ChanRobles™ Virtual Law Library | chanrobles.com™  
Main Index Law Library Philippine Laws, Statutes & Codes Latest Legal Updates Philippine Legal Resources Significant Philippine Legal Resources Worldwide Legal Resources Philippine Supreme Court Decisions United States Jurisprudence
Prof. Joselito Guianan Chan's The Labor Code of the Philippines, Annotated Labor Standards & Social Legislation Volume I of a 3-Volume Series 2019 Edition (3rd Revised Edition)
 

 
Chan Robles Virtual Law Library
 









 

 
UNITED STATES SUPREME COURT JURISPRUDENCE
 

 
PHILIPPINE SUPREME COURT JURISPRUDENCE
 

   
September-2003 Jurisprudence                 

  • A.M. No. P-03-1705 September 2, 2003 - BALDOMERO DE VERA SOLIMAN, JR. v. PRINCESITO D. SORIANO

  • G.R. No. 138238 September 2, 2003 - EDUARDO BALITAOSAN v. SECRETARY OF EDUCATION, CULTURE AND SPORTS

  • G.R. No. 146980 September 2, 2003 - LUZ E. TAGANAS, ET AL. v. MELITON G. EMUSLAN, ET AL.

  • A.C. No. 3967 September 3, 2003 - ARTEMIO ENDAYA v. WILFREDO OCA

  • A.C. No. 6084 September 3, 2003 - FELICITAS BERBANO v. WENCESLAO BARCELONA

  • A.M. No. 02-10-614-RTC September 3, 2003 - RE: EDITORIAL OF THE NEGROS CHRONICLE AND OTHER CHARGES OF A CONCERNED CITIZEN AGAINST JUDGE ROGELIO CARAMPATAN

  • A.M. No. OCA-01-6 September 3, 2003 - DOMINADOR V. ASPIRAS v. ESMERALDA ABALOS

  • A.M. No. P-01-1466 September 3, 2003 - EDUARDO F. BAGO v. JOEL FERAREN

  • A.M. No. RTJ-99-1501 September 3, 2003 - ROMEO E. EJERCITO v. ILDEFONSO B. SUERTE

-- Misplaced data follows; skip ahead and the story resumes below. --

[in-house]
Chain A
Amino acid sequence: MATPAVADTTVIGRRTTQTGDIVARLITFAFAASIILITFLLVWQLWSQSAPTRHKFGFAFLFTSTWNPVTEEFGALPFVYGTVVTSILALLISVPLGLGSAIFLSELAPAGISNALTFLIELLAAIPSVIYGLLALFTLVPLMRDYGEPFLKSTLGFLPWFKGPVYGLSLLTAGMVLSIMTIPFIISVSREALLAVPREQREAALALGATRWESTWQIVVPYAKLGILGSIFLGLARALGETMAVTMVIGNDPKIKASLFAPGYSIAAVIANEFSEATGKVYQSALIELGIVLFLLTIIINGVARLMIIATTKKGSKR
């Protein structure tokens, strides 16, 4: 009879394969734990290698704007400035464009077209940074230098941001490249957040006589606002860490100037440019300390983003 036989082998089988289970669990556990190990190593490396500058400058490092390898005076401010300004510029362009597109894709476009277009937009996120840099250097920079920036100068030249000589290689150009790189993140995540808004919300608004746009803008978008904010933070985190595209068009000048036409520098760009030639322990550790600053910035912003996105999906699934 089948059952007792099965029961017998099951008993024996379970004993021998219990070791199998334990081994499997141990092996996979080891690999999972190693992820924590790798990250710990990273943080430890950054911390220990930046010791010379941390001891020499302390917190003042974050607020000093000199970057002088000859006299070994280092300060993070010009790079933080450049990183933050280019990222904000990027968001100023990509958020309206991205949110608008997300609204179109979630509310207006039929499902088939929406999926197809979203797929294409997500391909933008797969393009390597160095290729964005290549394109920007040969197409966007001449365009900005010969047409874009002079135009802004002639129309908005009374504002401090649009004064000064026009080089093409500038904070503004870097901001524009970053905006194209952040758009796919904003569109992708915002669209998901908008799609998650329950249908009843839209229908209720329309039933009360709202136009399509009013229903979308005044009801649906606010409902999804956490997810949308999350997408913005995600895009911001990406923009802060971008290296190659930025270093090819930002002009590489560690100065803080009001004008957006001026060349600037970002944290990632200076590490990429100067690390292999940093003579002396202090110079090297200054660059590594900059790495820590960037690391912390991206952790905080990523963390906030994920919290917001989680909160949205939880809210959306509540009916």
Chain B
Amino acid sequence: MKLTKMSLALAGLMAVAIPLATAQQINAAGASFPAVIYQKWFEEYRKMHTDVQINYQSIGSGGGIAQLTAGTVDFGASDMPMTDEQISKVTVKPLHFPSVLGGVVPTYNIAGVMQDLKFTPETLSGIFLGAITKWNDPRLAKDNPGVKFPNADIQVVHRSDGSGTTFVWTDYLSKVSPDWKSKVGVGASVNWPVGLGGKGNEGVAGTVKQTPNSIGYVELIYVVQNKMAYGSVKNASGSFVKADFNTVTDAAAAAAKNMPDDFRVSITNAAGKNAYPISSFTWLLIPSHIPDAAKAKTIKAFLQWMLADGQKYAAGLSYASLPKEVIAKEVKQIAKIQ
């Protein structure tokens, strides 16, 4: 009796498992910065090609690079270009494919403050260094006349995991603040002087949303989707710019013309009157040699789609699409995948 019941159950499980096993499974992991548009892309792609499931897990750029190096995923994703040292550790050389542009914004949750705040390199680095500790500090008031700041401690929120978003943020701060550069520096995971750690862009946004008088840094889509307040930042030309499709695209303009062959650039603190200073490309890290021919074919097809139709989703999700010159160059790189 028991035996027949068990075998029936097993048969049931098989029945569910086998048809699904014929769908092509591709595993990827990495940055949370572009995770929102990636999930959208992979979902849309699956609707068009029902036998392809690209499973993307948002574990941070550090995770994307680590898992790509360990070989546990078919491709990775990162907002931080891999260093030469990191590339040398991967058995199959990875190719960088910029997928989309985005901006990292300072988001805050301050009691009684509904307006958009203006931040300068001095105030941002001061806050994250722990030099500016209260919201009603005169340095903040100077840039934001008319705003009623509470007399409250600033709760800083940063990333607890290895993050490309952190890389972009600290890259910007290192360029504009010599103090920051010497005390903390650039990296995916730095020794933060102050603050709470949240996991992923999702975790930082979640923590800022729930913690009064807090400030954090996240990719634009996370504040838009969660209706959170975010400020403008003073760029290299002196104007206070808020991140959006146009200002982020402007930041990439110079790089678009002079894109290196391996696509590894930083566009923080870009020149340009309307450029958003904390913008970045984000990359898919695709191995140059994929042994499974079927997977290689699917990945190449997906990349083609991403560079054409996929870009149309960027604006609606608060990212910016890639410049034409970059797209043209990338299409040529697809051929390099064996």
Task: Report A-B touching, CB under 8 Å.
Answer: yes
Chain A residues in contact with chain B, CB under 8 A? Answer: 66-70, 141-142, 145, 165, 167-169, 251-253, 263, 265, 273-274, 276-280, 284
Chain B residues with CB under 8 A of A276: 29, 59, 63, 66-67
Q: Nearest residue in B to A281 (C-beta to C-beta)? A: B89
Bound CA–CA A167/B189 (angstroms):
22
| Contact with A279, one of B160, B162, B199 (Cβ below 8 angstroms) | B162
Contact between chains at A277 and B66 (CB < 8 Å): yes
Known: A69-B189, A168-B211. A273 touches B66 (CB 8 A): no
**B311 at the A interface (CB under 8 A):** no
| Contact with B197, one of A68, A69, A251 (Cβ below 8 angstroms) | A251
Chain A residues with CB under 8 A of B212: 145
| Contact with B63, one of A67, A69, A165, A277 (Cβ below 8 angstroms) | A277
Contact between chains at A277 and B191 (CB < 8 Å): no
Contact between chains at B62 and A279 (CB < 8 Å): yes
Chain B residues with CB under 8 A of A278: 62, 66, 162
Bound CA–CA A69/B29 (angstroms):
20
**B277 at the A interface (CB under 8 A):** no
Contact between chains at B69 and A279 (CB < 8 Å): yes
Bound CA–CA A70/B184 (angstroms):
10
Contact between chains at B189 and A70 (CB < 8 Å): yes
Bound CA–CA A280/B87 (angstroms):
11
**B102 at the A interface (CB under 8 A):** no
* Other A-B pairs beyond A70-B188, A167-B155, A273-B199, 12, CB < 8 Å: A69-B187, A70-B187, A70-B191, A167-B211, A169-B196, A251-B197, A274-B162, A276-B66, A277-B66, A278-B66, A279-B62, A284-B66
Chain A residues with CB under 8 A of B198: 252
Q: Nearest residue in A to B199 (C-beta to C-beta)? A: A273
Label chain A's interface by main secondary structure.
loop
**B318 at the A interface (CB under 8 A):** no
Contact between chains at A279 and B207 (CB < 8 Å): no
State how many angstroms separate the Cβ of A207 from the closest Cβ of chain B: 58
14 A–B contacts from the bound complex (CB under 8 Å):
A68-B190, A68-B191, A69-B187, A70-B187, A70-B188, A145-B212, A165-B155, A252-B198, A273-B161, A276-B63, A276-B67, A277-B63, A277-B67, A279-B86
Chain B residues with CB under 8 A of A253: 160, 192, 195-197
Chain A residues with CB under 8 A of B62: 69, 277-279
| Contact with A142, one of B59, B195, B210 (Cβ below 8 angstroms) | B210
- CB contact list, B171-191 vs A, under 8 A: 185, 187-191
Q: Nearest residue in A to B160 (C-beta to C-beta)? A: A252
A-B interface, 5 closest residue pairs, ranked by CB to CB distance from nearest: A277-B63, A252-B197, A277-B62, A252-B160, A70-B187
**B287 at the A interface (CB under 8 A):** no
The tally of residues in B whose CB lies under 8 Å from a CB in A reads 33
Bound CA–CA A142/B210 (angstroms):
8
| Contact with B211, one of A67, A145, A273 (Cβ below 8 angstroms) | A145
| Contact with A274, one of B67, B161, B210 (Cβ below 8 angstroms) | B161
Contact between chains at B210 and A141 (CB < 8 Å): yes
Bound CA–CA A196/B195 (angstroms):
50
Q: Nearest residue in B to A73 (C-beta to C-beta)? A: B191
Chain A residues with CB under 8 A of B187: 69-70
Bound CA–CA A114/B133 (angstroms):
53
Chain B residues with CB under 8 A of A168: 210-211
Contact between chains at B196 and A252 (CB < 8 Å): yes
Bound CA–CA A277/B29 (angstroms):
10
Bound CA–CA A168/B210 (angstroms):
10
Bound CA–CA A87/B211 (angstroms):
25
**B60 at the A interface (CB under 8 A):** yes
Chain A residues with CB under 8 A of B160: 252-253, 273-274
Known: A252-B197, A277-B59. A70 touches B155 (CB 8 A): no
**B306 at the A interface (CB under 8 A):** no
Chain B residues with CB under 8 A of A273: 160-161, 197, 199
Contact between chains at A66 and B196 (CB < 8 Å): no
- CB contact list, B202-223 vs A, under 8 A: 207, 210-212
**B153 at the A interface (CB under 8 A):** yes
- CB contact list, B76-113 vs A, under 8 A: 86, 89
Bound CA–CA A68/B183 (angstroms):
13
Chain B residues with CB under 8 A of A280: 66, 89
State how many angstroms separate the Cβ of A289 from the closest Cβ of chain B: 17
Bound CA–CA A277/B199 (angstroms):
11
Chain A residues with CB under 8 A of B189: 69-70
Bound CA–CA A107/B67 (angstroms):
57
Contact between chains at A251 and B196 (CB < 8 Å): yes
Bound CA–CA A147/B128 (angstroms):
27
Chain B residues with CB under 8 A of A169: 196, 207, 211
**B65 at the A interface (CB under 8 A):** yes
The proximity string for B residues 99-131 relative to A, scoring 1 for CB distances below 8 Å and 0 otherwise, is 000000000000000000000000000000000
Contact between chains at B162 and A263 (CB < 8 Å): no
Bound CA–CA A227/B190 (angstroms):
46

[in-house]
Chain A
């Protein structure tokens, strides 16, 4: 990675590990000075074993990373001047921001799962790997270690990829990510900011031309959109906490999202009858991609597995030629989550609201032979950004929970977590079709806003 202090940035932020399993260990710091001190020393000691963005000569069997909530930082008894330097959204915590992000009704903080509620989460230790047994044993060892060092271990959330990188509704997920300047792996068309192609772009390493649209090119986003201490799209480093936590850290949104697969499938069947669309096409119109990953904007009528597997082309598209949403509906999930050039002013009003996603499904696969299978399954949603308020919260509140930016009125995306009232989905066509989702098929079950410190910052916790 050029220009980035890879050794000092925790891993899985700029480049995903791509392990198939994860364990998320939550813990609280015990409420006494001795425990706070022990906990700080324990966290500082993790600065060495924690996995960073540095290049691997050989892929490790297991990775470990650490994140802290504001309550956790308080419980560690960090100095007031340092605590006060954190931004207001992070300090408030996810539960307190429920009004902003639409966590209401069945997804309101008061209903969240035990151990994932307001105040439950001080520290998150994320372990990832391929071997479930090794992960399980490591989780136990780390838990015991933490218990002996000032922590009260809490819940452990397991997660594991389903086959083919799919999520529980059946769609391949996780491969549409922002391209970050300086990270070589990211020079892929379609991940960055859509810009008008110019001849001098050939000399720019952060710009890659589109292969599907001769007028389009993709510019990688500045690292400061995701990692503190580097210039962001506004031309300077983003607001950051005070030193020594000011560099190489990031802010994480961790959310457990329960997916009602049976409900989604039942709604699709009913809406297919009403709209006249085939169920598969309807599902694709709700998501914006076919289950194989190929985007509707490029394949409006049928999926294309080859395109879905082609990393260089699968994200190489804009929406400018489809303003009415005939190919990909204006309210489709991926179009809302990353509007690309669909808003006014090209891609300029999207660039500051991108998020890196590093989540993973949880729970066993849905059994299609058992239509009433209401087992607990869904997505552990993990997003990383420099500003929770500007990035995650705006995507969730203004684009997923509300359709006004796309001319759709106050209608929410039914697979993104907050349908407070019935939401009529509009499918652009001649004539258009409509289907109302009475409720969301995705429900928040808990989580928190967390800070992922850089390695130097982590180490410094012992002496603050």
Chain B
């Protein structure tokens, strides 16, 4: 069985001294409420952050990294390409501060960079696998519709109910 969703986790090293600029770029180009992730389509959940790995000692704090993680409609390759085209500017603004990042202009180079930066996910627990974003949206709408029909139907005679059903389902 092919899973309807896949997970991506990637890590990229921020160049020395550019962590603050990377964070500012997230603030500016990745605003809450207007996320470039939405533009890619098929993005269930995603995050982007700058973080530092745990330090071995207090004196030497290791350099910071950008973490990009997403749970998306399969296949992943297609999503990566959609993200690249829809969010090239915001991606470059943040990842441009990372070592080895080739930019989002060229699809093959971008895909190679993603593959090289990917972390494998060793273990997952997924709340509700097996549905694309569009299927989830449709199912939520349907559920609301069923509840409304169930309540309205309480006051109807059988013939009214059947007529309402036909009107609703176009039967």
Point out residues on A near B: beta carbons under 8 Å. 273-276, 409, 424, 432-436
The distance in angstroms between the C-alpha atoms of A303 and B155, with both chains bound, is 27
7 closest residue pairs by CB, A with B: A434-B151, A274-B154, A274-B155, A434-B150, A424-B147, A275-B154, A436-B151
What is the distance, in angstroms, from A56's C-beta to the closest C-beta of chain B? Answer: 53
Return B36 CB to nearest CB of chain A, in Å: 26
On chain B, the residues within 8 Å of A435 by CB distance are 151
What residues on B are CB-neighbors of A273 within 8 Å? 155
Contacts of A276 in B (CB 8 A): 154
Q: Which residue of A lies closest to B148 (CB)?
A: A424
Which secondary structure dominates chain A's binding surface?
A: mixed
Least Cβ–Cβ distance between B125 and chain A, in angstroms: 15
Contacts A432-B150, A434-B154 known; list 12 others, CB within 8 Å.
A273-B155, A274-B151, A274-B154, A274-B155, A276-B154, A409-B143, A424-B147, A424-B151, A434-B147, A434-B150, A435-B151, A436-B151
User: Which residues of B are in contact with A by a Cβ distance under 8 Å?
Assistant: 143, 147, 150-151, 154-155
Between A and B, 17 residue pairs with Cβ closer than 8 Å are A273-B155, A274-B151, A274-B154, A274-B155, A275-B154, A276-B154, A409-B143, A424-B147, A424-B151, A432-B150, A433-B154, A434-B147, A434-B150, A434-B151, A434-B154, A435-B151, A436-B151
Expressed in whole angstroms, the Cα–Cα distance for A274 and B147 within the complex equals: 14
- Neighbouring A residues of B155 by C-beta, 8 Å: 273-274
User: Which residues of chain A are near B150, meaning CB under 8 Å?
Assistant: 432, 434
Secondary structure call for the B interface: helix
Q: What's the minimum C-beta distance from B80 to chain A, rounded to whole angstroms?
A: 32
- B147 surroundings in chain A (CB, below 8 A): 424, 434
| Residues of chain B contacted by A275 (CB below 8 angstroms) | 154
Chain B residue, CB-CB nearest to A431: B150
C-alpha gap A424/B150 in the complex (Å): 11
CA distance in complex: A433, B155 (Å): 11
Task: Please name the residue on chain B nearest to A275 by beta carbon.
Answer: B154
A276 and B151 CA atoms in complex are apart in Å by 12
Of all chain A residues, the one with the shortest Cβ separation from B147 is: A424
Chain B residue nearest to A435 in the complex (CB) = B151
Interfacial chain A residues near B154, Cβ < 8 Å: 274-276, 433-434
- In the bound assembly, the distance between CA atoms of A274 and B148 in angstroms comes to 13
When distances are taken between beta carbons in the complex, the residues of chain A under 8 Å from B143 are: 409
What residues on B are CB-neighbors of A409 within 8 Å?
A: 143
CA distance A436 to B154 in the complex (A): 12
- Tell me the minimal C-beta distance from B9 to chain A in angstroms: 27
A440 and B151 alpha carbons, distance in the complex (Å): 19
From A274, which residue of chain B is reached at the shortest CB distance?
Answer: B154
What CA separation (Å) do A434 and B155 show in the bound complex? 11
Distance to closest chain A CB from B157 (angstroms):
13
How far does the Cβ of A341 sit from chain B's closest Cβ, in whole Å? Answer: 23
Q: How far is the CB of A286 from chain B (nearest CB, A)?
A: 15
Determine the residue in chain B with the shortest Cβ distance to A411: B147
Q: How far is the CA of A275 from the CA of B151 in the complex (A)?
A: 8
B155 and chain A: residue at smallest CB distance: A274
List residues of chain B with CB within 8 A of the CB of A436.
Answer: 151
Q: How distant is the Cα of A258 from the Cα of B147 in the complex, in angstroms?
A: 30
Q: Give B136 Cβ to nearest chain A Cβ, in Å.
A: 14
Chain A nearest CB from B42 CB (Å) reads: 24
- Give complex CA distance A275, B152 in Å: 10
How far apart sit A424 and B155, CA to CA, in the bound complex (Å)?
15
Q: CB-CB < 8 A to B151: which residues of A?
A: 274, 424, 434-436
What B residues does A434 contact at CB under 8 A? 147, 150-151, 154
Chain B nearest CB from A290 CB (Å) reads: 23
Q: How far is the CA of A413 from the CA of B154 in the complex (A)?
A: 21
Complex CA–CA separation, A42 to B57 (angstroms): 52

• G.R. No. 131915 September 3, 2003 - PEOPLE OF THE PHIL. v. EDDIE LACHICA, ET AL.

  • G.R. No. 136274 September 3, 2003 - SUNFLOWER NEIGHBORHOOD ASSOCIATION, ET AL. v. COURT OF APPEALS, ET AL.

  • G.R. No. 139400 September 3, 2003 - PEOPLE OF THE PHIL. v. MAURICIO WATIWAT

  • G.R. No. 140652 September 3, 2003 - OLIVERIO LAPERAL v. PABLO V. OCAMPO

  • G.R. No. 144312 September 3, 2003 - PEOPLE OF THE PHIL. v. CHUA TAN LEE

  • G.R. No. 145737 September 3, 2003 - CIVIL SERVICE COMMISSION v. EVELYN P. CAYOBIT

  • G.R. No. 149617 September 3, 2003 - MARIANO JOAQUIN S. MACIAS v. MARGIE CORPUS MACIAS

  • G.R. No. 141527 September 4, 2003 - PEOPLE OF THE PHIL. v. RANDY G. BOCALAN

  • A.M. No. RTJ-03-1788 September 5, 2003 - JORGE F. ABELLA v. FRANCISCO L. CALINGIN

  • A.M. No. MTJ-02-1430 September 8, 2003 - ROMEO B. SENSON v. HERIBERTO M. PANGILINAN

  • G.R. No. 128296 September 8, 2003 - NASIPIT LUMBER CO., ET AL. v. NATIONAL WAGES AND PRODUCTIVITY COMMISSION, ET AL.